By HILARY CHIEW
Pictures by SIA HONG KIAU
Teenage schoolgirls have become the latest target of unscrupulous timber workers.
BLOCKADES have sprung up again in middle Baram in the midst of the padi planting season in interior Sarawak.
Several Penan communities have abandoned the padi fields to put up symbolic barricades - flimsy wooden gates across logging roads - to stop encroachment into the last stretch of remaining ancestral forest in a region that has seen extensive logging over the last 25 years.
The once-nomadic tribe, noted for their unwavering rejection of logging on their territory and synonymous with blockades since the late 1980s, is fighting a losing battle against the Government-backed timber industry.
Yet another sinister threat has crept into the remote communities - Penan women, especially the young ones, are preyed on by workers from logging companies.
About three weeks ago, a media release by non-governmental organisation Bruno Manser Foundation (BMF) brought to light a long-held concern - the sexual abuse of Penan women.
The Swiss group charged that workers from two timber companies were preying on Penan women in the various settlements within the companies’ operation areas, and targeting female students who relied on the companies’ transportation service to get to school.
Students from middle Baram are boarders in secondary schools in the interior towns of Long Lama and Long San, which could take up to a week to travel on foot from their villages. The Baram district in Miri division is almost as big as the state of Perak.
The allegations were flatly denied by Deputy Chief Minister Tan Sri Alfred Jabu who dismissed the NGO’s claims as baseless. Jabu, who is also Rural Development Minister, challenged BMF to name the villages otherwise “it would be a waste of time to investigate”.
Largely ignorant of their rights and not well-versed in criminal law, the Penans have long suffered the transgression against their womenfolk in silence.
The problem is further compounded by stigmatisation associated with rape in the predominantly Christian communities.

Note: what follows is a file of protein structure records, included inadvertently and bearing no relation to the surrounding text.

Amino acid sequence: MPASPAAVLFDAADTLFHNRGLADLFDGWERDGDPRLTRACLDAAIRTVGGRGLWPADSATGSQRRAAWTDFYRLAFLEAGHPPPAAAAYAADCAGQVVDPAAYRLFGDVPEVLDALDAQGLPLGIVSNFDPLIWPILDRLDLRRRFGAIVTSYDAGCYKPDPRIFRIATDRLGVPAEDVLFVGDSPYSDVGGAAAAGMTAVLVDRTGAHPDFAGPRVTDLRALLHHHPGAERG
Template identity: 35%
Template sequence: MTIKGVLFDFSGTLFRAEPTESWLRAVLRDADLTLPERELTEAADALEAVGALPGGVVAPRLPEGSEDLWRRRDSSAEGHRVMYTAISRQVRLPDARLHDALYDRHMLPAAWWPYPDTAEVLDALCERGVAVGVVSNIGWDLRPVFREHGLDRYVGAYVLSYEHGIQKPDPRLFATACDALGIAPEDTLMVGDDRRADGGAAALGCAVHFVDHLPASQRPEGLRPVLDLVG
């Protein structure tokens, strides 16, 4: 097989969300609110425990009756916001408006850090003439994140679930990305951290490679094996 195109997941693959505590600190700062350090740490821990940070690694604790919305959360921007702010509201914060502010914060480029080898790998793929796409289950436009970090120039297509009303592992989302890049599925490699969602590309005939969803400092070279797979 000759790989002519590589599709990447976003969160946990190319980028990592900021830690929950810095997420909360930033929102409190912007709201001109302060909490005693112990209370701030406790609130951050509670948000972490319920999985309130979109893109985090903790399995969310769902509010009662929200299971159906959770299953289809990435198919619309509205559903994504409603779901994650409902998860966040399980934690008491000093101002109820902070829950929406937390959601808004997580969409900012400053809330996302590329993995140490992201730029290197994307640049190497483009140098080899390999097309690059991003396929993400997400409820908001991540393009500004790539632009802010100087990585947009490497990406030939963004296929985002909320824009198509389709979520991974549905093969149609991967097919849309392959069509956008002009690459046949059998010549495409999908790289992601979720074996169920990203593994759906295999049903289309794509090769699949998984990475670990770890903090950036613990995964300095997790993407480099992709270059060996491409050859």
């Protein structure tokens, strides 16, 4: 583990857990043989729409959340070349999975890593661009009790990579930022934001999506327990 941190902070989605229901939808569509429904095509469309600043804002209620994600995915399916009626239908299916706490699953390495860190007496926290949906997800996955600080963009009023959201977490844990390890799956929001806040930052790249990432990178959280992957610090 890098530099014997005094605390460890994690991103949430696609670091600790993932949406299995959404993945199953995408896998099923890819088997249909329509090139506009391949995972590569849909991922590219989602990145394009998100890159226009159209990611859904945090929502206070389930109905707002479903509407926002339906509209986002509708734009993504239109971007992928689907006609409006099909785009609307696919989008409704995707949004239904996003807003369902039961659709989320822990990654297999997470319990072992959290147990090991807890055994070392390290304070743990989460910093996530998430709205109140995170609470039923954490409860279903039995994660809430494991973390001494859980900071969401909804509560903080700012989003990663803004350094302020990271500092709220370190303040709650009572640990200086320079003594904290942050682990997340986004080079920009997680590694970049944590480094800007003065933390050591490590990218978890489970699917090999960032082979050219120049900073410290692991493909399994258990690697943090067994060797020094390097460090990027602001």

A visit to several villages reveals the prevalence of sexual abuse since the advent of commercial logging. Village leaders who readily air their grouses of hardship brought by logging are hesitant to talk about the sexual exploitation by workers from nearby logging camps.
Nonetheless, at Long Pakan, Bulan Laing, a female elder claims that violation of the women began around 1996 when a Miri-based logging company arrived.
“There have been three pregnancies so far; the last one was in 2006. In one case, the woman married the Indonesian worker who violated her but was later divorced after she was sexually abused by another worker,” recalls Bulan.
Asked if the cases were reported to the police, Bulan appears not to know that rape is a criminal offence.
“We complained to the camp manager. He assured us that they would take action against their men but we’re still suffering.”
Her husband, headman Pada Jutang, says: “We’ve lost hope in the police taking any action. So we stopped going to them.”
The village’s nearest neighbour, Long Item - two hours’ drive away - faces a similar predicament. Headman Balan Jon reveals the modus operandi of unscrupulous timber workers.
He says the workers come to the village in small groups of not more than five, either on motorcycle or by company vehicle, with alcoholic drinks and entice the young men to join them for drinking binges at night.
“They become bold after several drinks and will coax our boys to bring them to houses with young women or girls.
“Or they bring along instant noodles and persuade the victims to cook them a meal on the pretext that they have not yet had dinner. They then hang around and wait for the chance to strike after other occupants of the house turn in for the night,” adds Balan.